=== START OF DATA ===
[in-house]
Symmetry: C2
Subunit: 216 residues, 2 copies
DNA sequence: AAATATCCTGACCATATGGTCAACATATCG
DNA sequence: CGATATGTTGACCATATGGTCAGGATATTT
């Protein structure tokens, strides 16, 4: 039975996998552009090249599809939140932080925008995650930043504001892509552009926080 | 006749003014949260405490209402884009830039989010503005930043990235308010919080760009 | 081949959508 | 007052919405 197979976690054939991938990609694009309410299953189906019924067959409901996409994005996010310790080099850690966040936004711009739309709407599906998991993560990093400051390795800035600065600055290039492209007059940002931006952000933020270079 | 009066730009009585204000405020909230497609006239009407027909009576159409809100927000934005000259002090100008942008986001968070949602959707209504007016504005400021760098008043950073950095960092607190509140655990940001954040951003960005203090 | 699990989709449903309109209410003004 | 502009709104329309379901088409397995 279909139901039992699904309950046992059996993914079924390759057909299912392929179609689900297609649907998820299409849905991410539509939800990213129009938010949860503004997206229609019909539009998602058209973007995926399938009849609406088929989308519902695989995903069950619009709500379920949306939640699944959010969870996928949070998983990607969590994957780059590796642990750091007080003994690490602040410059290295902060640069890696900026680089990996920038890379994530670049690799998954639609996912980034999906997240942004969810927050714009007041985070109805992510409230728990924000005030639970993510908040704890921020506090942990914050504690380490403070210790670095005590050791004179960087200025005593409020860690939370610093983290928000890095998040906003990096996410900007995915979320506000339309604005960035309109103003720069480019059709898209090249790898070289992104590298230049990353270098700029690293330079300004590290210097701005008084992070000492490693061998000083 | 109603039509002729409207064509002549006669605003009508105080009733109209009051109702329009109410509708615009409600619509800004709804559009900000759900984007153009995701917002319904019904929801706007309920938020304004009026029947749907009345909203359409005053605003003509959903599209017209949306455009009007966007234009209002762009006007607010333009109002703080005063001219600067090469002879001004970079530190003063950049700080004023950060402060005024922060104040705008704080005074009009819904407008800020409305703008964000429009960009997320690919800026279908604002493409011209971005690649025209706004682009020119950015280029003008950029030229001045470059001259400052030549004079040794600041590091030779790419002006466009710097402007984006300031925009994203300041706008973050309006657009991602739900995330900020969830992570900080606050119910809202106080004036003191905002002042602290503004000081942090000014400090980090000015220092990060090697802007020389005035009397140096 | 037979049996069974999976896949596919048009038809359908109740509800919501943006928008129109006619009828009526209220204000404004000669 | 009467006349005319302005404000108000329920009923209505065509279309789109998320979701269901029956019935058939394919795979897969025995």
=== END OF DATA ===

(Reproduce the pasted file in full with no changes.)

[in-house]
Symmetry: C2
Subunit: 216 residues, 2 copies
DNA sequence: AAATATCCTGACCATATGGTCAACATATCG
DNA sequence: CGATATGTTGACCATATGGTCAGGATATTT
């Protein structure tokens, strides 16, 4: 039975996998552009090249599809939140932080925008995650930043504001892509552009926080 | 006749003014949260405490209402884009830039989010503005930043990235308010919080760009 | 081949959508 | 007052919405 197979976690054939991938990609694009309410299953189906019924067959409901996409994005996010310790080099850690966040936004711009739309709407599906998991993560990093400051390795800035600065600055290039492209007059940002931006952000933020270079 | 009066730009009585204000405020909230497609006239009407027909009576159409809100927000934005000259002090100008942008986001968070949602959707209504007016504005400021760098008043950073950095960092607190509140655990940001954040951003960005203090 | 699990989709449903309109209410003004 | 502009709104329309379901088409397995 279909139901039992699904309950046992059996993914079924390759057909299912392929179609689900297609649907998820299409849905991410539509939800990213129009938010949860503004997206229609019909539009998602058209973007995926399938009849609406088929989308519902695989995903069950619009709500379920949306939640699944959010969870996928949070998983990607969590994957780059590796642990750091007080003994690490602040410059290295902060640069890696900026680089990996920038890379994530670049690799998954639609996912980034999906997240942004969810927050714009007041985070109805992510409230728990924000005030639970993510908040704890921020506090942990914050504690380490403070210790670095005590050791004179960087200025005593409020860690939370610093983290928000890095998040906003990096996410900007995915979320506000339309604005960035309109103003720069480019059709898209090249790898070289992104590298230049990353270098700029690293330079300004590290210097701005008084992070000492490693061998000083 | 109603039509002729409207064509002549006669605003009508105080009733109209009051109702329009109410509708615009409600619509800004709804559009900000759900984007153009995701917002319904019904929801706007309920938020304004009026029947749907009345909203359409005053605003003509959903599209017209949306455009009007966007234009209002762009006007607010333009109002703080005063001219600067090469002879001004970079530190003063950049700080004023950060402060005024922060104040705008704080005074009009819904407008800020409305703008964000429009960009997320690919800026279908604002493409011209971005690649025209706004682009020119950015280029003008950029030229001045470059001259400052030549004079040794600041590091030779790419002006466009710097402007984006300031925009994203300041706008973050309006657009991602739900995330900020969830992570900080606050119910809202106080004036003191905002002042602290503004000081942090000014400090980090000015220092990060090697802007020389005035009397140096 | 037979049996069974999976896949596919048009038809359908109740509800919501943006928008129109006619009828009526209220204000404004000669 | 009467006349005319302005404000108000329920009923209505065509279309789109998320979701269901029956019935058939394919795979897969025995």